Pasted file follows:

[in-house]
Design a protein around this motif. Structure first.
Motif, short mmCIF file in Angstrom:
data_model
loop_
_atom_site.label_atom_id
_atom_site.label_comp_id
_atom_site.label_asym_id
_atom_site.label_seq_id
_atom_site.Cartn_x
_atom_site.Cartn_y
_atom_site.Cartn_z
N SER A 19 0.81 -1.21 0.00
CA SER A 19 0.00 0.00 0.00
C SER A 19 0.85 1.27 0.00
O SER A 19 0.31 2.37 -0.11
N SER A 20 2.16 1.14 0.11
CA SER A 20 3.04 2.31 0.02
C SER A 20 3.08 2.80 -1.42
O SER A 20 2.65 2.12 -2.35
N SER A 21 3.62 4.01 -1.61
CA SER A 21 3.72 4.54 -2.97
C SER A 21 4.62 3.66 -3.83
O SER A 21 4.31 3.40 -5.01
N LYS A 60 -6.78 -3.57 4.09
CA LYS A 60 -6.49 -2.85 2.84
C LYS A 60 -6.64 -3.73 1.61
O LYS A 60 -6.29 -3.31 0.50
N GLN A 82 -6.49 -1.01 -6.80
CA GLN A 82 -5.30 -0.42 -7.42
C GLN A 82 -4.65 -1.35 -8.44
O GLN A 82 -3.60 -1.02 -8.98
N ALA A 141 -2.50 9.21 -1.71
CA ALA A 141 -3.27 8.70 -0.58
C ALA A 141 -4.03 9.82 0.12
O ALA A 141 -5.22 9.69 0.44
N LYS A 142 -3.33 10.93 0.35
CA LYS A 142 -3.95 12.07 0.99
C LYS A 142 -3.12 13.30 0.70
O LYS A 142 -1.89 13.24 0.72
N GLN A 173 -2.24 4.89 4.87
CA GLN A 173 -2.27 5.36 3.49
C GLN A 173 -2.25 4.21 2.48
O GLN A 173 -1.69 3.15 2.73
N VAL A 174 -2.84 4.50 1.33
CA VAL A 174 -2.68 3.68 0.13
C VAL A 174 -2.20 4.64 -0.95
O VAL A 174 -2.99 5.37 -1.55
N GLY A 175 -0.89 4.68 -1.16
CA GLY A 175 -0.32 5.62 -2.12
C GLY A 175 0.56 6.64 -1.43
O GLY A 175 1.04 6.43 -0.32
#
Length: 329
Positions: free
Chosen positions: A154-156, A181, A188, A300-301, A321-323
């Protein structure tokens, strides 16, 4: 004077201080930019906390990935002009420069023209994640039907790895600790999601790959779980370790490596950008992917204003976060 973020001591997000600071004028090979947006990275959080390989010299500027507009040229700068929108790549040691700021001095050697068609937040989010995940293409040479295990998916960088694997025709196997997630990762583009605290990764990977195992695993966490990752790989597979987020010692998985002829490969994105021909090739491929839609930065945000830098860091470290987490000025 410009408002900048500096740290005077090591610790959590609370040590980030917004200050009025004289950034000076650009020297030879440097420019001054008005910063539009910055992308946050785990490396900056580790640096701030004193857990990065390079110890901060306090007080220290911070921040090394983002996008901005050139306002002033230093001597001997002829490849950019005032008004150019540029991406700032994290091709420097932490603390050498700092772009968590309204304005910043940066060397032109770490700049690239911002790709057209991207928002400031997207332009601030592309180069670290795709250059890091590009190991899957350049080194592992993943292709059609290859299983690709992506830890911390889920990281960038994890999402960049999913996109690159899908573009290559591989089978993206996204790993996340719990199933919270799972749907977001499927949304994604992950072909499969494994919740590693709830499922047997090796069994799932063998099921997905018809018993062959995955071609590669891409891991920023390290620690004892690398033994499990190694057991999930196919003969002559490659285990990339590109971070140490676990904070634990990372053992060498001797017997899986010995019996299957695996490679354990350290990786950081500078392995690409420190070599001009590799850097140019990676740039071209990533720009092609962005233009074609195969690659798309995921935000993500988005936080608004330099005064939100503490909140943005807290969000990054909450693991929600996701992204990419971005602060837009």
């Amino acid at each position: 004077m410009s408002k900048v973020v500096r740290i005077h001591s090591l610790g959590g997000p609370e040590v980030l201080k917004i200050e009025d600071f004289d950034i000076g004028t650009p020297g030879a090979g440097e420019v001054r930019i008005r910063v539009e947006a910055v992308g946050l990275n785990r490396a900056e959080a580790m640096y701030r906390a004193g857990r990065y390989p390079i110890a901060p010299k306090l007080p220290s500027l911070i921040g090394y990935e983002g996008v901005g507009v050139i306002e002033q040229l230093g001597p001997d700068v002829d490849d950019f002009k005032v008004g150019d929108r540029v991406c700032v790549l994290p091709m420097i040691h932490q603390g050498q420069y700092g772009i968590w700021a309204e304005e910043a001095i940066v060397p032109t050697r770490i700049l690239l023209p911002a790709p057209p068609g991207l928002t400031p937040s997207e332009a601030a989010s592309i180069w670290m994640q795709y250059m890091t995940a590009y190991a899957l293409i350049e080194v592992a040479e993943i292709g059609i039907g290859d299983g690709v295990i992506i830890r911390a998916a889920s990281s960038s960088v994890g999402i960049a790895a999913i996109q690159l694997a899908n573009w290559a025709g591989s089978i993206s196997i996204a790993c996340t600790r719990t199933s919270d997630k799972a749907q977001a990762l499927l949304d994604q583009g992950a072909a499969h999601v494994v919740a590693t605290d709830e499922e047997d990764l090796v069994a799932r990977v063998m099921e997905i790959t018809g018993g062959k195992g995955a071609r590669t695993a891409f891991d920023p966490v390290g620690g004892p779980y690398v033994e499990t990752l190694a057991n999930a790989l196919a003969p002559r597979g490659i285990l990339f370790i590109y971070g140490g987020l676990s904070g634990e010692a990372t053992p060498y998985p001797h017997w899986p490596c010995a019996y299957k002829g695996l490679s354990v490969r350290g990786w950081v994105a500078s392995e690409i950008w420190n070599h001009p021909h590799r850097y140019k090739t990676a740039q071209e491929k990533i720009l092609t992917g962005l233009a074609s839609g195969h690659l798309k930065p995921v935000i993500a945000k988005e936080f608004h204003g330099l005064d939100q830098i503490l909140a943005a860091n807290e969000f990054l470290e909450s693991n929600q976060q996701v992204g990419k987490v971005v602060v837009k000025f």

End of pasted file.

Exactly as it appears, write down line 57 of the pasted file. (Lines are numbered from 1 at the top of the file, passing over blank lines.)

């Protein structure tokens, strides 16, 4: 004077201080930019906390990935002009420069023209994640039907790895600790999601790959779980370790490596950008992917204003976060 973020001591997000600071004028090979947006990275959080390989010299500027507009040229700068929108790549040691700021001095050697068609937040989010995940293409040479295990998916960088694997025709196997997630990762583009605290990764990977195992695993966490990752790989597979987020010692998985002829490969994105021909090739491929839609930065945000830098860091470290987490000025 410009408002900048500096740290005077090591610790959590609370040590980030917004200050009025004289950034000076650009020297030879440097420019001054008005910063539009910055992308946050785990490396900056580790640096701030004193857990990065390079110890901060306090007080220290911070921040090394983002996008901005050139306002002033230093001597001997002829490849950019005032008004150019540029991406700032994290091709420097932490603390050498700092772009968590309204304005910043940066060397032109770490700049690239911002790709057209991207928002400031997207332009601030592309180069670290795709250059890091590009190991899957350049080194592992993943292709059609290859299983690709992506830890911390889920990281960038994890999402960049999913996109690159899908573009290559591989089978993206996204790993996340719990199933919270799972749907977001499927949304994604992950072909499969494994919740590693709830499922047997090796069994799932063998099921997905018809018993062959995955071609590669891409891991920023390290620690004892690398033994499990190694057991999930196919003969002559490659285990990339590109971070140490676990904070634990990372053992060498001797017997899986010995019996299957695996490679354990350290990786950081500078392995690409420190070599001009590799850097140019990676740039071209990533720009092609962005233009074609195969690659798309995921935000993500988005936080608004330099005064939100503490909140943005807290969000990054909450693991929600996701992204990419971005602060837009």